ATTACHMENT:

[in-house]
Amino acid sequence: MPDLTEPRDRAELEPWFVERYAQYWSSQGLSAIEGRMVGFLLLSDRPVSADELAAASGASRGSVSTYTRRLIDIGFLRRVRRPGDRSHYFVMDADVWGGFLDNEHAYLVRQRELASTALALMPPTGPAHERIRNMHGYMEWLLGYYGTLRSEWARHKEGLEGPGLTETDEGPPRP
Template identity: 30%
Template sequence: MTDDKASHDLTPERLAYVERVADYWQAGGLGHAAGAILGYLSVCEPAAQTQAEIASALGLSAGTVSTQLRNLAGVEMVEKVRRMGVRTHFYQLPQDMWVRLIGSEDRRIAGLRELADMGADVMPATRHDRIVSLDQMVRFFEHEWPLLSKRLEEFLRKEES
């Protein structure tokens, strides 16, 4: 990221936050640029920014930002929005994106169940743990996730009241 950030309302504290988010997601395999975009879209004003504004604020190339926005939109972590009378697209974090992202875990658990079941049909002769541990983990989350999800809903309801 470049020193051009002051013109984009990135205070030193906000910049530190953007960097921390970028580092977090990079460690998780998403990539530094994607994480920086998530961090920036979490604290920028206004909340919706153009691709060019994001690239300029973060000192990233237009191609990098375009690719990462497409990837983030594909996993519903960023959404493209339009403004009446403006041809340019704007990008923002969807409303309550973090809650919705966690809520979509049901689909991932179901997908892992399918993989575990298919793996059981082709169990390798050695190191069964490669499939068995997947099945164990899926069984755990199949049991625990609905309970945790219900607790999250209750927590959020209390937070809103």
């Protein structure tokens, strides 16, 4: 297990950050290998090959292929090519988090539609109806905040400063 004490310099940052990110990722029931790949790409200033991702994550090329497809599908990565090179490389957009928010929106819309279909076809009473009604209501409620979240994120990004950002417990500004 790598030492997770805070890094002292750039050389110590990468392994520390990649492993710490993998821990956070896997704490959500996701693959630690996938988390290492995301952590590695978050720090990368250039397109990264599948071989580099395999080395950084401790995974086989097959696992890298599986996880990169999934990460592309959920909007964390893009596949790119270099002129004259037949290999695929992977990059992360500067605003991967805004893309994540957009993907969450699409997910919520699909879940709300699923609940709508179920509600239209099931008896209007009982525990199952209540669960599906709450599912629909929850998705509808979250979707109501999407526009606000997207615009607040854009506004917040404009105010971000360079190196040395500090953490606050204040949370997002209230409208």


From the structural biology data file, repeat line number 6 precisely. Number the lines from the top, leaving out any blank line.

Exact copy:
């Protein structure tokens, strides 16, 4: 297990950050290998090959292929090519988090539609109806905040400063 004490310099940052990110990722029931790949790409200033991702994550090329497809599908990565090179490389957009928010929106819309279909076809009473009604209501409620979240994120990004950002417990500004 790598030492997770805070890094002292750039050389110590990468392994520390990649492993710490993998821990956070896997704490959500996701693959630690996938988390290492995301952590590695978050720090990368250039397109990264599948071989580099395999080395950084401790995974086989097959696992890298599986996880990169999934990460592309959920909007964390893009596949790119270099002129004259037949290999695929992977990059992360500067605003991967805004893309994540957009993907969450699409997910919520699909879940709300699923609940709508179920509600239209099931008896209007009982525990199952209540669960599906709450599912629909929850998705509808979250979707109501999407526009606000997207615009607040854009506004917040404009105010971000360079190196040395500090953490606050204040949370997002209230409208």